Global Humanities Junior Fellow at Freie Universitaet Berlin
July – November
Representation and Advocation of Respectable Culture in Late Victorian Advice Literature
The research project is a study of the presence and impacts of Victorian respectable culture in late Victorian (the 1870s to 1901) advice literature published in Britain. Using books, pamphlets and advice columns in newspapers as primary sources, the project investigates how, through advice literature, the idea of "respectability" was communicated and advocated to the middle class and the working class in Britain. It also expects to understand how respectability was relevant in the construction of class and gender identity for both the Victorian middle and working class. The project aims at examining the role media, in the form of advice literature, played in representing and advocating the idea of respectability, and to what extent this idea was used as a form of social control. Given that the imperialist expansion of the British Empire was also at its height in the late 1800s, this research project also attempts to investigate if similar advice literature was in existence in the empire and if so, for whom and what purposes it was written.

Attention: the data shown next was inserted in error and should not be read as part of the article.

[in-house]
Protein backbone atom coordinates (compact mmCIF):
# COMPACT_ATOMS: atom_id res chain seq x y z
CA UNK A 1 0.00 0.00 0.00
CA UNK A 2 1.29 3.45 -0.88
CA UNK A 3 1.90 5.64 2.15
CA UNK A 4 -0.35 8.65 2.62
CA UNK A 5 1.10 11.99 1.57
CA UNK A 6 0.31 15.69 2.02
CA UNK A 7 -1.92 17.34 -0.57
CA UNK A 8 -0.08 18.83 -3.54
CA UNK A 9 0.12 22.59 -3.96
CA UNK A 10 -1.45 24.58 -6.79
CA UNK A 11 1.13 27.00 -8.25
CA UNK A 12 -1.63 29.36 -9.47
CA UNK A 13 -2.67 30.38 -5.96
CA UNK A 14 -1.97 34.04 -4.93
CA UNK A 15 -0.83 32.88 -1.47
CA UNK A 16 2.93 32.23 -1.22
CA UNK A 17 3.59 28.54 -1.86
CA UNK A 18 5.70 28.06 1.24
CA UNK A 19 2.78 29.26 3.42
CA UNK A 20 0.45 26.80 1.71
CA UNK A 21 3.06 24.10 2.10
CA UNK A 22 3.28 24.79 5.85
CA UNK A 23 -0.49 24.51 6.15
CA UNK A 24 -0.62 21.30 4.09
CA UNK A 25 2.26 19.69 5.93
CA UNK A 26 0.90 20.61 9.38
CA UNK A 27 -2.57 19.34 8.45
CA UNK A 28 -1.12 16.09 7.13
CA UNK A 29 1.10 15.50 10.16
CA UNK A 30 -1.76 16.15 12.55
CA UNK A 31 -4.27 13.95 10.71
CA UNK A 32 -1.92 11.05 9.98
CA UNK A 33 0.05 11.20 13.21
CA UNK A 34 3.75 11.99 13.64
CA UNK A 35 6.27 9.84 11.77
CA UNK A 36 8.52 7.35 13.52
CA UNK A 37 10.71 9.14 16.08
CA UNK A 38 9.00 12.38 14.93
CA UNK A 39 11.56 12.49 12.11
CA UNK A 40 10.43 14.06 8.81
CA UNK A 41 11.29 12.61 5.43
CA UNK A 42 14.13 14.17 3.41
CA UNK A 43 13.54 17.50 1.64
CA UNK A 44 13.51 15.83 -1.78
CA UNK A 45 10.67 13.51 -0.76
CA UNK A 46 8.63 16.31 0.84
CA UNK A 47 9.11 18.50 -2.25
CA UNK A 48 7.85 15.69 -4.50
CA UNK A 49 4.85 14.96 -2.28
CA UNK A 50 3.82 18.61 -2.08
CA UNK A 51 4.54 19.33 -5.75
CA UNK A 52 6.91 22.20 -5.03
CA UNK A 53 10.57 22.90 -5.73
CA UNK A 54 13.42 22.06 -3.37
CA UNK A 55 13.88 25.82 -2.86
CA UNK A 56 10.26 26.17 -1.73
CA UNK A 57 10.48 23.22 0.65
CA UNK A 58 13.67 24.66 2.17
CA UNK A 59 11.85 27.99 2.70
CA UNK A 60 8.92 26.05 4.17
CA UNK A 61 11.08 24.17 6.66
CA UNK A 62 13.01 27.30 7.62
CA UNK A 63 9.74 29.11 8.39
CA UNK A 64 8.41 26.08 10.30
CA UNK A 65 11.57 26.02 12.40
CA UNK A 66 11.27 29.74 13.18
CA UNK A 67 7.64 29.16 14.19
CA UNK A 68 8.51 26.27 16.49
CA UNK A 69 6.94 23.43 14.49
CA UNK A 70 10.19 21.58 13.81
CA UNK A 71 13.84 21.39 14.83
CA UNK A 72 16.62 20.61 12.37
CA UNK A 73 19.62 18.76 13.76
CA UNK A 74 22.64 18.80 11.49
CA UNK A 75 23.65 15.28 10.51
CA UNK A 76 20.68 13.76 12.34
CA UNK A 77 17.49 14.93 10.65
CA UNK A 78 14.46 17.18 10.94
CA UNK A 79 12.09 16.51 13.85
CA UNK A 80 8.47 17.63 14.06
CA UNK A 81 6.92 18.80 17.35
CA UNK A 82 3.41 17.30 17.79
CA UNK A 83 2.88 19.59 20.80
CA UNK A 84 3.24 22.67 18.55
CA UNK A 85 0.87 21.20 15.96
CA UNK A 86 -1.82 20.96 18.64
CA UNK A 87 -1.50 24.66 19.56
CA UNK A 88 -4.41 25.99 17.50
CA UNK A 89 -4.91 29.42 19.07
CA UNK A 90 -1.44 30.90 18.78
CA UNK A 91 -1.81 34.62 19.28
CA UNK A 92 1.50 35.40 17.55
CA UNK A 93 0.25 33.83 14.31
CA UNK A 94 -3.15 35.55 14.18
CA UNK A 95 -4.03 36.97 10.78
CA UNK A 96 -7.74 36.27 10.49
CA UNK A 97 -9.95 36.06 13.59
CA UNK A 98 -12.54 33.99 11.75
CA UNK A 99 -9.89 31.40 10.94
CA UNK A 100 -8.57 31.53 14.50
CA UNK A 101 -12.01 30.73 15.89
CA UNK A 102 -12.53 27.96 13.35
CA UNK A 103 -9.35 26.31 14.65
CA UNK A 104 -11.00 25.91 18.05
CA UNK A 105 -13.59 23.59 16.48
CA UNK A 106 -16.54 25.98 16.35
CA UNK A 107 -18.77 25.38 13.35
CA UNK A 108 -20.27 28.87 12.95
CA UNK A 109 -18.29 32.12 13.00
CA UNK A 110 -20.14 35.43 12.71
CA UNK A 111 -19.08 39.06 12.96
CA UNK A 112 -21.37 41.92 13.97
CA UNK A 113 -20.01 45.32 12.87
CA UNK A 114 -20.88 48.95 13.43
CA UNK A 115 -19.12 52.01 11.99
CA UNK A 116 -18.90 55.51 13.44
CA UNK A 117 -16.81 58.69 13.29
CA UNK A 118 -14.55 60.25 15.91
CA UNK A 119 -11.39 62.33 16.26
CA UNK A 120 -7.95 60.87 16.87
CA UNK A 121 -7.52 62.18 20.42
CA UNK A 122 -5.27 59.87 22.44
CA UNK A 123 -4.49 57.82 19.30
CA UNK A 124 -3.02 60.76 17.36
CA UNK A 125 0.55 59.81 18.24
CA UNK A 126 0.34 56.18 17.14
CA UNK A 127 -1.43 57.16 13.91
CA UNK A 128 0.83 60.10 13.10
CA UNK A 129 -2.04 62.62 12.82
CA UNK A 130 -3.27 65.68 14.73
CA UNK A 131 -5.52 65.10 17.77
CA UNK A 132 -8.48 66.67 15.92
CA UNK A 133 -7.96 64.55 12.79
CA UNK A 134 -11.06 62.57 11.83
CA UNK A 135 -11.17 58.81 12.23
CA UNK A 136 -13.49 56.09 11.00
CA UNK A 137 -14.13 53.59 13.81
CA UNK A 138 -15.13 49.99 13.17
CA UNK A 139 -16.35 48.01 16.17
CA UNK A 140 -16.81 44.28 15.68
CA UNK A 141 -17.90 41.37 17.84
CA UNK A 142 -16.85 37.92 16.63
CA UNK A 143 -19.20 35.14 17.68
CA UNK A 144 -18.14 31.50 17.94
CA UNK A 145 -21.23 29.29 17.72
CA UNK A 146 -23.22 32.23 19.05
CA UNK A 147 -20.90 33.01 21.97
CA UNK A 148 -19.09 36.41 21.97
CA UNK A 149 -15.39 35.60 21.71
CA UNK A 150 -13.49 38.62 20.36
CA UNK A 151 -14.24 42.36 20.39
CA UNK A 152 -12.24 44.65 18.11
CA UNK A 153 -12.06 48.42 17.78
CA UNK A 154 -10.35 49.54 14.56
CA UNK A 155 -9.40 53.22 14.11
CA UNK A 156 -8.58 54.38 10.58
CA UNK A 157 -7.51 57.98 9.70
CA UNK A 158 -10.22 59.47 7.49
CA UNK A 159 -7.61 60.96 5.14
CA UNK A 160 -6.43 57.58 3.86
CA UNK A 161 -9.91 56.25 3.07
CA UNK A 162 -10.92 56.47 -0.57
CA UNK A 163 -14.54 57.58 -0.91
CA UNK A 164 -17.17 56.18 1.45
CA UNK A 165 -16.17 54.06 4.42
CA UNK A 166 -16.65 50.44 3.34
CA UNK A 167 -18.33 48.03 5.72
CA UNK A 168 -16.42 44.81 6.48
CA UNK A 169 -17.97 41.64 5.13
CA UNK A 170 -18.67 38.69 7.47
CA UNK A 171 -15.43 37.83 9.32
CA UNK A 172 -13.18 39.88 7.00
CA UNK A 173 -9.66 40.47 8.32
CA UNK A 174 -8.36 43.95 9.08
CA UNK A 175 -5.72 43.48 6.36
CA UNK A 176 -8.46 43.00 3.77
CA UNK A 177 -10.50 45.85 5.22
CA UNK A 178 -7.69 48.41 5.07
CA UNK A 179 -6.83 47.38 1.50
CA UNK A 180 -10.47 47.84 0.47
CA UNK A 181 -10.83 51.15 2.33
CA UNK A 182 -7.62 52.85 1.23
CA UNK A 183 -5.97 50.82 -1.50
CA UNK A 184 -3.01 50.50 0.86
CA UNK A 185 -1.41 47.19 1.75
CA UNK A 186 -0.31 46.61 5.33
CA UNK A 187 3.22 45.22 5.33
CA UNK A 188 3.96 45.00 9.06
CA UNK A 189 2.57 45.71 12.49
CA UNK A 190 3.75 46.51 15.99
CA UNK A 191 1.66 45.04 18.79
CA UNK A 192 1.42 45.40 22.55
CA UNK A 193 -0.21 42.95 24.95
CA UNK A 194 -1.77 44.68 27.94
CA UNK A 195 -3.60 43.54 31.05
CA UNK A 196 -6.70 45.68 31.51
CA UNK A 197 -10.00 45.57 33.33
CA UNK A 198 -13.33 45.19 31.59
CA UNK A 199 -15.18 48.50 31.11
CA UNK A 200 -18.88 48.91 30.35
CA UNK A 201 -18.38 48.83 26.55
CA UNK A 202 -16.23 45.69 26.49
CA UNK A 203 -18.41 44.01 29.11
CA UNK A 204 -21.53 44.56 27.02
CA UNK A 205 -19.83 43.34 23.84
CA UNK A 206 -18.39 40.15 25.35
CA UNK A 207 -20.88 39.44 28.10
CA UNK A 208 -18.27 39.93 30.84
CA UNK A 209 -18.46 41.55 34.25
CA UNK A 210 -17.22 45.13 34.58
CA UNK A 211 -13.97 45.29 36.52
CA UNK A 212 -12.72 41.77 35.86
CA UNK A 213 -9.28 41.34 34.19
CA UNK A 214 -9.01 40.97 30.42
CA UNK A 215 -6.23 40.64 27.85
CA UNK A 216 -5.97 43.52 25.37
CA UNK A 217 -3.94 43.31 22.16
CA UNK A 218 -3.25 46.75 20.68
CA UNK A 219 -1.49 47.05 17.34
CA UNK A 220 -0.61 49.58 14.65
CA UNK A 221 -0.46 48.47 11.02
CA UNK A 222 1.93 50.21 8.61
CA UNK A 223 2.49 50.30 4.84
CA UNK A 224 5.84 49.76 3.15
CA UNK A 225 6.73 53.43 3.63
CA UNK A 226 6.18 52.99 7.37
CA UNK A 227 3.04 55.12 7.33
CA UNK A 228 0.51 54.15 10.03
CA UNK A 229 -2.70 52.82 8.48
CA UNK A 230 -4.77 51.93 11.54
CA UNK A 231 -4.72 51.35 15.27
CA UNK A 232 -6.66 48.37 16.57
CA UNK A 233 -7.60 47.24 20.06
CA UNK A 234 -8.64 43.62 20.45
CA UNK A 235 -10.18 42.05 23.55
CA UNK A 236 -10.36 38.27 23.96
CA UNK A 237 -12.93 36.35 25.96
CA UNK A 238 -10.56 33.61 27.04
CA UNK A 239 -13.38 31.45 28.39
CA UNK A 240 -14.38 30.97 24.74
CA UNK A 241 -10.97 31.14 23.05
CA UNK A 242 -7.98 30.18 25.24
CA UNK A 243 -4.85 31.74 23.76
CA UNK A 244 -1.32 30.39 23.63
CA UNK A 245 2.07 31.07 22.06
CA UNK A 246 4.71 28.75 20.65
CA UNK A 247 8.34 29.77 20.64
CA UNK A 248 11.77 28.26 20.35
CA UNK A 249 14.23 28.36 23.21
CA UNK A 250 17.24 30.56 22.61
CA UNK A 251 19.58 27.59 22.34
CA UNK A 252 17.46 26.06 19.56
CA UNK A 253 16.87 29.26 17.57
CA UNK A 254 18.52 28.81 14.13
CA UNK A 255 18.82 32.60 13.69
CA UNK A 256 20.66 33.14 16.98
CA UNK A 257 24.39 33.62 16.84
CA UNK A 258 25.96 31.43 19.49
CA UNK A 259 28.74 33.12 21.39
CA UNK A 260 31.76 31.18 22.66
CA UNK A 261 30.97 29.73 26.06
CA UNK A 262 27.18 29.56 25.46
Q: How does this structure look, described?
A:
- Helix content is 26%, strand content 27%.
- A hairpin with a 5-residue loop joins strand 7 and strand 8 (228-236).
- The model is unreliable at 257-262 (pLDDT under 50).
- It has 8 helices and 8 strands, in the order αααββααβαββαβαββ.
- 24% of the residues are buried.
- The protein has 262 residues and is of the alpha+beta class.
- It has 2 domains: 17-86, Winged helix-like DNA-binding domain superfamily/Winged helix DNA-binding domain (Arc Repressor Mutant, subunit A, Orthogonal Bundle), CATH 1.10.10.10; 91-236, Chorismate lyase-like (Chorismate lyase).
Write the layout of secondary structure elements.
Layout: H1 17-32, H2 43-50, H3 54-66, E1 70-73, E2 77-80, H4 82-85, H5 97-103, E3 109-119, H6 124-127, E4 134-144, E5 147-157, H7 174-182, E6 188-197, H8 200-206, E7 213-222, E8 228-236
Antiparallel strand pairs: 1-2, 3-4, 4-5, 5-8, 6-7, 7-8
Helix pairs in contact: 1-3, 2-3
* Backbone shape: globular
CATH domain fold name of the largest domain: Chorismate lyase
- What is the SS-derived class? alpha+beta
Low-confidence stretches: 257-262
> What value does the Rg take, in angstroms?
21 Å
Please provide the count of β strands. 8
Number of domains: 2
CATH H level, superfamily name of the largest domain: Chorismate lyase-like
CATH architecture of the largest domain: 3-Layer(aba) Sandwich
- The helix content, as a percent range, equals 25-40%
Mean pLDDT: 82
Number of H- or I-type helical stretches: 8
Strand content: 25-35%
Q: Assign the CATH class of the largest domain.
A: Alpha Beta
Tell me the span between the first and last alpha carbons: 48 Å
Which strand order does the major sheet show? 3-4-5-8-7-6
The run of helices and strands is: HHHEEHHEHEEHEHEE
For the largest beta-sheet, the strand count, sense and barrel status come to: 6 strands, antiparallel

Christy Hiu-tung Tse is a Ph.D. student at the Chinese University of Hong Kong. She graduated from the University of Hong Kong in 2012 with a Bachelor of Arts, majoring in History and English Studies. In 2014, she obtained her M.Phil. from the Chinese University of Hong Kong, completing a thesis titled "Not Quite the Angel: Representation of Middle-Class Victorian Women in Early to Mid-Victorian Advice Literature." Her current thesis is a study of the representations in and influence of advice literature in late Victorian Britain. Her research interests include 19th century cultural history in Britain and the British Empire.